Talcum Powder

What is Talcum Powder?

In 1999, the American Cancer Society advised women not use talc-based powder products like Johnson & Johnson’s baby powder on genital areas because talcum powder has been shown to cause ovarian cancer. However, this was not the first time the link between talcum powder and ovarian cancer was known to Johnson & Johnson.

Talcum Powder Use

For decades, women have been using talc-based powder on their private parts or on undergarments and sanitary pads to keep their groin areas dry, to avoid foul odors, and to reduce chafing.

J&J’s Failure to Warn

Internal documents from 1997 have shown that a paid consultant for J&J warned the company of the increased risk of ovarian cancer resulting from the use of its talcum powder products, but the company ignored the report. J&J has used talcum powder in its beauty products for decades, and despite knowing the risks, continued to market their talcum powder products without adequately warning consumers.

Because of J&J’s failure to warn, thousands of women across the country have developed ovarian cancer after using talcum powder products like baby powder, and while J&J is trying to deny liability and argue against scientific evidence, thousands of women are fighting to hold the pharmaceutical giant responsible in a mass tort lawsuit.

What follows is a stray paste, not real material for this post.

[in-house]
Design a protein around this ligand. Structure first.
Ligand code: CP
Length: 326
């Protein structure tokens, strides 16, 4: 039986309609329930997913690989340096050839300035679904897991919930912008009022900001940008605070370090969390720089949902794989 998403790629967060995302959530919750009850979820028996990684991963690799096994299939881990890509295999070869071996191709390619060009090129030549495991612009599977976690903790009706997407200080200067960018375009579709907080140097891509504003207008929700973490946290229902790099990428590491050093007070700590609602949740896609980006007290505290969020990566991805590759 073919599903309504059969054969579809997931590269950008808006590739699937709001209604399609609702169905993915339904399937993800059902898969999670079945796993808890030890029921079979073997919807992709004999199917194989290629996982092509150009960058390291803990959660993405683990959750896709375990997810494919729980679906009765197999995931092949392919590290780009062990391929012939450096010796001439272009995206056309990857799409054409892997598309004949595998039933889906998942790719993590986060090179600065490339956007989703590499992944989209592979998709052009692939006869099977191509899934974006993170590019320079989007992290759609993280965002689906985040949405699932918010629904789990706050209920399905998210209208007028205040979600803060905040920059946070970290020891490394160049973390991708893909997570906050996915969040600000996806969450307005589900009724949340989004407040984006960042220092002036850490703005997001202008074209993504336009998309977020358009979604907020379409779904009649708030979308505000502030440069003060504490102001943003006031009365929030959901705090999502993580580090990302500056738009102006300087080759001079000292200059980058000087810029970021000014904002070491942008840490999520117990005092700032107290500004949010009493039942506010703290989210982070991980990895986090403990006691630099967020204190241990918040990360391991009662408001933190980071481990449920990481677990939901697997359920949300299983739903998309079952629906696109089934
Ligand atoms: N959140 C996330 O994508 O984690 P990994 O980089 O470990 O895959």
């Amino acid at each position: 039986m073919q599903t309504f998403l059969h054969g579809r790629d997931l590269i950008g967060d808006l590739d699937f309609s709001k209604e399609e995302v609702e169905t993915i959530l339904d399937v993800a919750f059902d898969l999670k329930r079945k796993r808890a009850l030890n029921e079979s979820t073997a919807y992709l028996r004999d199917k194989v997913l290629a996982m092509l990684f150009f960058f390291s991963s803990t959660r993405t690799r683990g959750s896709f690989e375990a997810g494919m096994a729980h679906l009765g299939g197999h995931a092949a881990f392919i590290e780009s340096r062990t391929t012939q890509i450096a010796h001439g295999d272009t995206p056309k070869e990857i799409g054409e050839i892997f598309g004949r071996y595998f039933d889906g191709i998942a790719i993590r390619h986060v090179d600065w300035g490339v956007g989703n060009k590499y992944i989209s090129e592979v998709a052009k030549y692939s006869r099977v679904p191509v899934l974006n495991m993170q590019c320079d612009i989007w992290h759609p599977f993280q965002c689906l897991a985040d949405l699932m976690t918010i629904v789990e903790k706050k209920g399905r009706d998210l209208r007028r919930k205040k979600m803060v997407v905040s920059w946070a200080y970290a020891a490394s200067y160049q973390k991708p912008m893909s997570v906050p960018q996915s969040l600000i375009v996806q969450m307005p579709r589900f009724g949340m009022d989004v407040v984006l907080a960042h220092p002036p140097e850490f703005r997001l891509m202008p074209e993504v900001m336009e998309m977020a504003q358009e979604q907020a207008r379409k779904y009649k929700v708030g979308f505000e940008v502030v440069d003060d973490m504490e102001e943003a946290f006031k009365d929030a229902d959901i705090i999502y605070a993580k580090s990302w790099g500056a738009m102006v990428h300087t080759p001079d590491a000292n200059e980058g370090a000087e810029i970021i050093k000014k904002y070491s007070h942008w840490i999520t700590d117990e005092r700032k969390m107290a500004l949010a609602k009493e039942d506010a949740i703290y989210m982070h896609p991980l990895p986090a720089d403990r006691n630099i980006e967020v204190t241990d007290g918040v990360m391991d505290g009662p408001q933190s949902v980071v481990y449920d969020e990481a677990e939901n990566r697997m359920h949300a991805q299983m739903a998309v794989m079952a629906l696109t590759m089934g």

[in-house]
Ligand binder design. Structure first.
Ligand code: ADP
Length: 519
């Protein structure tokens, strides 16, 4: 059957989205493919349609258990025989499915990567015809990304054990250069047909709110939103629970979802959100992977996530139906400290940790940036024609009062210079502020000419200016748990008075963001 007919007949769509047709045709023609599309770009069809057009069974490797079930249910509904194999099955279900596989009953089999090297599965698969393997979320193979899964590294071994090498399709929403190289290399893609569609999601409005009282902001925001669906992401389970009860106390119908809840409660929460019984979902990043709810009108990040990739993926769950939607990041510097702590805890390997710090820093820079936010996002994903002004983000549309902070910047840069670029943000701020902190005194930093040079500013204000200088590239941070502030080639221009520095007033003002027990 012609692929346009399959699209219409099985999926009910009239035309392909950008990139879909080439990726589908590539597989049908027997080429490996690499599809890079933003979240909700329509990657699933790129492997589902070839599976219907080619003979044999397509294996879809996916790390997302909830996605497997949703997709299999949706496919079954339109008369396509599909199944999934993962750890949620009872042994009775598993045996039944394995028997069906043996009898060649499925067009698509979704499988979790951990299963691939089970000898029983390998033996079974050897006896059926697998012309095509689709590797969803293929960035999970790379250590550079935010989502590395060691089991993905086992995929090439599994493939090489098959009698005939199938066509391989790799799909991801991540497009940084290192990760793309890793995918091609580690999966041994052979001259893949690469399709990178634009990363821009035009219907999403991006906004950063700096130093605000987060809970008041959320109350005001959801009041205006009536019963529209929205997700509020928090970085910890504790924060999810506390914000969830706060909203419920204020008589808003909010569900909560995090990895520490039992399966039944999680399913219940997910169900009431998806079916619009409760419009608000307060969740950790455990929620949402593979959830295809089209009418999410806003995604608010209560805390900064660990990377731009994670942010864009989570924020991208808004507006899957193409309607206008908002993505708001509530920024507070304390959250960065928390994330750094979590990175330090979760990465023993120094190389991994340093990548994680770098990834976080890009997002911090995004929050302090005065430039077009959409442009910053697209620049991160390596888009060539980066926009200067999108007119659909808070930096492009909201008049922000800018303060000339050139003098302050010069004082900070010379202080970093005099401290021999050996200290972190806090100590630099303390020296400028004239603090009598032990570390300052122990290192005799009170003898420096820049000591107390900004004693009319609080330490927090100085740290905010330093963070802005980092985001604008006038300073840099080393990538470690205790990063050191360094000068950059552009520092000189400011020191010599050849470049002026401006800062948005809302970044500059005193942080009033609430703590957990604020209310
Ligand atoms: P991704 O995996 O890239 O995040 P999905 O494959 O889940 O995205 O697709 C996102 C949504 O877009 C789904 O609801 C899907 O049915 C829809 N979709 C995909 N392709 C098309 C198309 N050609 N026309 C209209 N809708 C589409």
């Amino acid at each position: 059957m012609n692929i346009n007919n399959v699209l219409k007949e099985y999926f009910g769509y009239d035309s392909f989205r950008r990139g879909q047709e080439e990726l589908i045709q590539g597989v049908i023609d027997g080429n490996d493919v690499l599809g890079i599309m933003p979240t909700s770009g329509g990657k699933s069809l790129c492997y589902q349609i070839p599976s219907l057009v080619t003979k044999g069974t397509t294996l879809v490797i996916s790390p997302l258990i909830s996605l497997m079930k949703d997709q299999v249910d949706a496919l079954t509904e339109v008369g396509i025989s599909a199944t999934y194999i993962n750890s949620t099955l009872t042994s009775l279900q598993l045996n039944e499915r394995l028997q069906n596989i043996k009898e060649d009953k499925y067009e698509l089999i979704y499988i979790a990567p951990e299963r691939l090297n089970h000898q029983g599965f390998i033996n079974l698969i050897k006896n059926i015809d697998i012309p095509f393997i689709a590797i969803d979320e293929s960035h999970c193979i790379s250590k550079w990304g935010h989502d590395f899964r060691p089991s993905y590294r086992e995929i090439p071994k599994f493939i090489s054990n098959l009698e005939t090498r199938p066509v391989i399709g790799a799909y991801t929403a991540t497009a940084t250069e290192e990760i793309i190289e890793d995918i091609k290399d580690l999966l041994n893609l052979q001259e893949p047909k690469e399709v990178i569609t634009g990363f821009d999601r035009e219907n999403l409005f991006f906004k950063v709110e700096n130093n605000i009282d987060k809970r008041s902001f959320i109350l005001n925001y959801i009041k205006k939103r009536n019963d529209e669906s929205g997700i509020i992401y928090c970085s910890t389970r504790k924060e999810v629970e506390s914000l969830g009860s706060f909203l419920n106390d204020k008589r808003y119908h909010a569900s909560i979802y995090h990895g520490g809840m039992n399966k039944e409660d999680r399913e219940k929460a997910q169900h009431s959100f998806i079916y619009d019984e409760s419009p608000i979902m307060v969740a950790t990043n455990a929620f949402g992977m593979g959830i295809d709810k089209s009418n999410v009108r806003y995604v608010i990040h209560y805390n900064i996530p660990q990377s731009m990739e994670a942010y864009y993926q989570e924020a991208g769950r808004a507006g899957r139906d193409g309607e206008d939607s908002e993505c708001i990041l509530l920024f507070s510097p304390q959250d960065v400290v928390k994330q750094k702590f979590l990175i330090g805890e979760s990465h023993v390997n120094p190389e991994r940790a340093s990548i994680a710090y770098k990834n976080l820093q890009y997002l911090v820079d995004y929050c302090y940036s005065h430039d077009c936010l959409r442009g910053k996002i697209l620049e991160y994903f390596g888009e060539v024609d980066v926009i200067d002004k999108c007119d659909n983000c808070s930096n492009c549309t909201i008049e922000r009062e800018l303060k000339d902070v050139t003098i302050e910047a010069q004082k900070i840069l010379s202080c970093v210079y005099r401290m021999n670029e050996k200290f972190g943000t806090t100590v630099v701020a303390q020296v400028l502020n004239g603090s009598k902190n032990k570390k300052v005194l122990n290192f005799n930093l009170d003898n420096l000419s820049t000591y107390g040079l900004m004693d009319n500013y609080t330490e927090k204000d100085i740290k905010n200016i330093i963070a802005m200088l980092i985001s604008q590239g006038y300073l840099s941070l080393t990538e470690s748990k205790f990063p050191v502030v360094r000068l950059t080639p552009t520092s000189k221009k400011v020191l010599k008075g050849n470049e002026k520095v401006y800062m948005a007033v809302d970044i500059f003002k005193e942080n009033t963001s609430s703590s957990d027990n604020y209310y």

Legal Action Against J&J

The first lawsuit against J&J for failing to warn of the risks of talcum powder and ovarian cancer came in 2013. In that case, cancerous tissue was removed from a woman who used J&J baby powder products for over three decades, and it was shown to contain talc particles.

While studies linking talcum powder and ovarian cancer go as far back as 1971, this first legal case against J&J paved the way for further legal action because the jury found J&J negligent in failing to warn consumers.

2016 has already proven to be a monumental year for baby powder ovarian cancer victims – two separate juries have found J&J guilty and awarded damages to the victims. This first trial, which concluded in February 2016, awarded the victim $72 million. The second trial concluded in May 2016, and the jury awarded $55 million to the victim in damages.

These recent substantial trial verdicts give ovarian cancer victims hope that J&J can be held responsible for its negligence. With over 3,500 lawsuits currently pending, the company will soon have to answer for its wrongdoing to those affected.